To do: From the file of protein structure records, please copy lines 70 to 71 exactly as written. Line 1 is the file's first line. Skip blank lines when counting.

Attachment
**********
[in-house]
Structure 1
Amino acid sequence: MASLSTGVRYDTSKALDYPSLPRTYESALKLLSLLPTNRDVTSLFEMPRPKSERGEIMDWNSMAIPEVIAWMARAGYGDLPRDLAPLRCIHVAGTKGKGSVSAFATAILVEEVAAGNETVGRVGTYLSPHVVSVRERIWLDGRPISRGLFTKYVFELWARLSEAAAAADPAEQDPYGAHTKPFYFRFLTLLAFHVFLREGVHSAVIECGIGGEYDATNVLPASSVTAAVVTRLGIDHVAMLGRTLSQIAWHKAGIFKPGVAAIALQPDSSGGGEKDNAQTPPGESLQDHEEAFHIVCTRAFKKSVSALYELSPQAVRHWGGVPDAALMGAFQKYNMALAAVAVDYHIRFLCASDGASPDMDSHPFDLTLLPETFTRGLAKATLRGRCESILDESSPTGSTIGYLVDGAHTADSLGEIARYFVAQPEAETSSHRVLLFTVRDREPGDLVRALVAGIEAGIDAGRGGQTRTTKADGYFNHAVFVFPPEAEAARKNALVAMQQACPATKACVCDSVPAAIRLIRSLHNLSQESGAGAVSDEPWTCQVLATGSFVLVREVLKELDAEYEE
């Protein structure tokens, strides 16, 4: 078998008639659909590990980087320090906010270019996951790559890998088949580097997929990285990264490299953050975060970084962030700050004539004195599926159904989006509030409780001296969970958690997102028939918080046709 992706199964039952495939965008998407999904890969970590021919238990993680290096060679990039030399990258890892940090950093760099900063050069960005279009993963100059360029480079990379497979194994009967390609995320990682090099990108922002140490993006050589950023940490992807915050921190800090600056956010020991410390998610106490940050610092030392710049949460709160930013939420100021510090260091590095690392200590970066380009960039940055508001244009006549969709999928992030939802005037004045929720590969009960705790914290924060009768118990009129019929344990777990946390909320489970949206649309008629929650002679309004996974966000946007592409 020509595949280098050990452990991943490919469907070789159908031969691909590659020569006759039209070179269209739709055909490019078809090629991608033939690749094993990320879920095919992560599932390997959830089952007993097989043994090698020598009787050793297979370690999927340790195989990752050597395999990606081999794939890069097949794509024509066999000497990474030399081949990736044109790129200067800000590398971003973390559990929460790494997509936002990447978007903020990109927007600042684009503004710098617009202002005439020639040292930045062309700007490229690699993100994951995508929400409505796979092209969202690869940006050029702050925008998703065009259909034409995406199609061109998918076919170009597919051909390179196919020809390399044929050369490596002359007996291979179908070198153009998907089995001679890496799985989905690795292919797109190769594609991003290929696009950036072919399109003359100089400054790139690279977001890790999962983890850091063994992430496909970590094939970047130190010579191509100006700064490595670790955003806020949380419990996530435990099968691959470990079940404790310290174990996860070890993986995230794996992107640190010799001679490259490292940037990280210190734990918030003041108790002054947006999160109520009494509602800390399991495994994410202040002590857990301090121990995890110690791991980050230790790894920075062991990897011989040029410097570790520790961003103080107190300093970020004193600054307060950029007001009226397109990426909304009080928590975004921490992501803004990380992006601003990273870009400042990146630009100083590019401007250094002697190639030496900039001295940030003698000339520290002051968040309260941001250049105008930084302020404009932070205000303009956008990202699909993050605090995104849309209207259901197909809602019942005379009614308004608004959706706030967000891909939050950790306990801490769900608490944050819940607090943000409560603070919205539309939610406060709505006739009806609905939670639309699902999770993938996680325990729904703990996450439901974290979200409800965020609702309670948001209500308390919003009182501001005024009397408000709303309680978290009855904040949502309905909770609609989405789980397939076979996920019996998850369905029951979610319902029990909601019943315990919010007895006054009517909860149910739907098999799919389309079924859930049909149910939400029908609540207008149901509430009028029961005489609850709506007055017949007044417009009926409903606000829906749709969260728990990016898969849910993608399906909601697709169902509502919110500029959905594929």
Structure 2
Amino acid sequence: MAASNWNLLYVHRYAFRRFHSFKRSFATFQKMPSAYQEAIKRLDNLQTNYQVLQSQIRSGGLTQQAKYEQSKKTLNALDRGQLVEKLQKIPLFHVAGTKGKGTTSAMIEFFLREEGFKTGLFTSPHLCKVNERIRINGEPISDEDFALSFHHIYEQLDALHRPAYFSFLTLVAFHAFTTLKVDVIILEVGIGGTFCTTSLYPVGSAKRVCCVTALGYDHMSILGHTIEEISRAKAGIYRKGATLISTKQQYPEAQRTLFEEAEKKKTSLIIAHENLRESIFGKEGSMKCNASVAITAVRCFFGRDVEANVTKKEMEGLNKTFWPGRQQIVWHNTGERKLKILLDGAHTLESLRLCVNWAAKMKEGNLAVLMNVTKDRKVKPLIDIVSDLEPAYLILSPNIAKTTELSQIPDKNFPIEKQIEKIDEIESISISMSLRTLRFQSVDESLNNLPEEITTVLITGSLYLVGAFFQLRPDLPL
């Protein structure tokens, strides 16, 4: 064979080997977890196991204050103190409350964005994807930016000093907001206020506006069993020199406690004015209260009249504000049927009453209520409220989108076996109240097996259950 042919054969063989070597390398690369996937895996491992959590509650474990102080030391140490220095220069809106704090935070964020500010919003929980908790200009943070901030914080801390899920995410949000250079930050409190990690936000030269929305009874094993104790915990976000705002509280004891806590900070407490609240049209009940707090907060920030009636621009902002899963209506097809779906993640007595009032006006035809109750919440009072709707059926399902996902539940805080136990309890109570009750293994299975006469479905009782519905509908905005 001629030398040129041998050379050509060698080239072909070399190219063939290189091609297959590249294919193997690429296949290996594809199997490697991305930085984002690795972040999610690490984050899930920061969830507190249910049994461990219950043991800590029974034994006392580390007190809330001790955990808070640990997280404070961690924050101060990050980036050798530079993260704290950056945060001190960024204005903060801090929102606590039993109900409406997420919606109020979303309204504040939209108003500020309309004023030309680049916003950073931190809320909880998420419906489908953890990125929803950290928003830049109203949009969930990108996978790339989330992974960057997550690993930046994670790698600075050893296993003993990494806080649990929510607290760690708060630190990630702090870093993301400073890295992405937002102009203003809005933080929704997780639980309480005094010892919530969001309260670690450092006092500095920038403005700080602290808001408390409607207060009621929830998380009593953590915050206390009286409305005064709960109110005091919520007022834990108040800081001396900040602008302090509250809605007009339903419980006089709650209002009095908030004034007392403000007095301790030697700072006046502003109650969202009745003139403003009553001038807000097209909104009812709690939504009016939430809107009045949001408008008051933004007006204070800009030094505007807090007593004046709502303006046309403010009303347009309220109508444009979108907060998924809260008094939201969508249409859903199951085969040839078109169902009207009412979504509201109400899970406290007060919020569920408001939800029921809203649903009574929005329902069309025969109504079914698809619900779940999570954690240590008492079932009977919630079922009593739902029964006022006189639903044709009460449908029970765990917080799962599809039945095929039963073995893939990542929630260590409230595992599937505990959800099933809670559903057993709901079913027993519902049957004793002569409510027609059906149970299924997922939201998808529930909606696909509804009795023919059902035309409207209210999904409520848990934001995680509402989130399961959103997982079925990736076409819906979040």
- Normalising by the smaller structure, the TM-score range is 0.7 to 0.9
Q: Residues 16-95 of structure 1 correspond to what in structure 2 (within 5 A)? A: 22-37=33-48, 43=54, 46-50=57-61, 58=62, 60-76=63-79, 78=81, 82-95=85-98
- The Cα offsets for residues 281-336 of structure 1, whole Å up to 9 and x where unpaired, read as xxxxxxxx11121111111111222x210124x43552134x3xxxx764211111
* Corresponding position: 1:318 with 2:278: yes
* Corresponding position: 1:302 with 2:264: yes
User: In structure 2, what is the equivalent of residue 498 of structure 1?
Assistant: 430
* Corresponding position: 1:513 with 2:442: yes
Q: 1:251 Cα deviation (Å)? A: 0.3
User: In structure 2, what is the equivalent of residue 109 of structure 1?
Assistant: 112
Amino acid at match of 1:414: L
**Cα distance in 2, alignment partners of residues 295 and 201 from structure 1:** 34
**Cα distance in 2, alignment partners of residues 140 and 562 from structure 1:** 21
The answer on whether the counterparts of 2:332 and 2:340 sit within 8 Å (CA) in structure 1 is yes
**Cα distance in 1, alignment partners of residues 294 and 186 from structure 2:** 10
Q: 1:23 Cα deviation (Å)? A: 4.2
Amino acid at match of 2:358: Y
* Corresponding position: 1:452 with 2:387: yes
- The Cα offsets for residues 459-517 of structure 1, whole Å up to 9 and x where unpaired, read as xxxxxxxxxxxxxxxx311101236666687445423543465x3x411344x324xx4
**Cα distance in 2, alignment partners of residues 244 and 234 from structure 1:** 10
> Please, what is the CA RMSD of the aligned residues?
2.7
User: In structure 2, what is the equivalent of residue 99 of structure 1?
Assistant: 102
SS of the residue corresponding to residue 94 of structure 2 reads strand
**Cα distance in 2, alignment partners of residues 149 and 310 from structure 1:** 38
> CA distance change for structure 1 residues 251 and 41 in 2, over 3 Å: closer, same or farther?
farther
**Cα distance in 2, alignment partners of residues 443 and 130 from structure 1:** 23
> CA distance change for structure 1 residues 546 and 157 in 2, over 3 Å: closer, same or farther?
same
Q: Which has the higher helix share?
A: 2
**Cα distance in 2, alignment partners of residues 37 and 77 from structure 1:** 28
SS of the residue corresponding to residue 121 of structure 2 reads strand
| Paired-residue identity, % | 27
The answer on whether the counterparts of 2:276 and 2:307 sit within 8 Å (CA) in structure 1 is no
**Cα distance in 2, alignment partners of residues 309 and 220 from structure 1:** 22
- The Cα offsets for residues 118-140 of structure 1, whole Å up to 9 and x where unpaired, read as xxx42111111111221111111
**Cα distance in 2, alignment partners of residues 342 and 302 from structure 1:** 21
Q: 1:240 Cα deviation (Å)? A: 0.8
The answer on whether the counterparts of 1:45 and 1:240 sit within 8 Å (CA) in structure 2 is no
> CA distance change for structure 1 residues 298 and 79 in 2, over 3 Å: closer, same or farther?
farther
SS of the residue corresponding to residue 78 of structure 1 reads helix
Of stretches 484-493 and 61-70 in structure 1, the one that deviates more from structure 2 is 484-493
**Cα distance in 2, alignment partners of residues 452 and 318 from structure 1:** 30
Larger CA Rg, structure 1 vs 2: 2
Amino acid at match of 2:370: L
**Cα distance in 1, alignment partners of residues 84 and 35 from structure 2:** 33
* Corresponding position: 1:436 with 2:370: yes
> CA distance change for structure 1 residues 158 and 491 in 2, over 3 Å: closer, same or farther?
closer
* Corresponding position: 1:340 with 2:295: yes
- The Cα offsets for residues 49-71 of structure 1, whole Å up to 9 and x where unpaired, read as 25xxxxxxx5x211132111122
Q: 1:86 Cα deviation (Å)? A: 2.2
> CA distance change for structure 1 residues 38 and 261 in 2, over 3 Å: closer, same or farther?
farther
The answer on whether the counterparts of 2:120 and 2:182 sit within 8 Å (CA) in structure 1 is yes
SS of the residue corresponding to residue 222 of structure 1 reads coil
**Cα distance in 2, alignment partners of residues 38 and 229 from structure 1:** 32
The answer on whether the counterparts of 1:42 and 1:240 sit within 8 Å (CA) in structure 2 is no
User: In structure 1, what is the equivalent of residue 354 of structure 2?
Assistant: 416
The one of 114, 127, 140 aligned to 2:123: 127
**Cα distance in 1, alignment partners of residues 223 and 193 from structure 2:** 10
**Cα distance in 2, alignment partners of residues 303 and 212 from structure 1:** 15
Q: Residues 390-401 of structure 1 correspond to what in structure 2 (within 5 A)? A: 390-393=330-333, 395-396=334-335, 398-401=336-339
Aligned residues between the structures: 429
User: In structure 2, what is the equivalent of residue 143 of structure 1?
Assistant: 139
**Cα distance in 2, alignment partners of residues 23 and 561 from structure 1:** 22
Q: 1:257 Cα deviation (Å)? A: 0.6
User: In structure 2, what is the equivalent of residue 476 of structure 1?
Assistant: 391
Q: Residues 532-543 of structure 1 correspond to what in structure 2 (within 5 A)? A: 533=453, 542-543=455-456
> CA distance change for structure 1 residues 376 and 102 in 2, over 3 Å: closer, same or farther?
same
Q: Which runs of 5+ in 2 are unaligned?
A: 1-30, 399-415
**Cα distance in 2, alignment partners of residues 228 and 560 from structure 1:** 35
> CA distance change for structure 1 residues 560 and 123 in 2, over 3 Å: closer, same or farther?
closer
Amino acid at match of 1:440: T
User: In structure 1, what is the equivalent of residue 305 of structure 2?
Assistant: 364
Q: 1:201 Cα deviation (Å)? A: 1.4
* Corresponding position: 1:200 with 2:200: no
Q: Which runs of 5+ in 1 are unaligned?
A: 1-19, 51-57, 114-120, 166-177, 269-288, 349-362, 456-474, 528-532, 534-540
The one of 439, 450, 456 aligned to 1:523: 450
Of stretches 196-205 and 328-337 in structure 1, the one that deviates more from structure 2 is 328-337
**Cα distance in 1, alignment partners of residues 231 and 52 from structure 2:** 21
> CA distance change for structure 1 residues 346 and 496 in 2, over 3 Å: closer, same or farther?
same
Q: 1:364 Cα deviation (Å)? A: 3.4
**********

The answer on whether the counterparts of 1:42 and 1:240 sit within 8 Å (CA) in structure 2 is no
User: In structure 1, what is the equivalent of residue 354 of structure 2?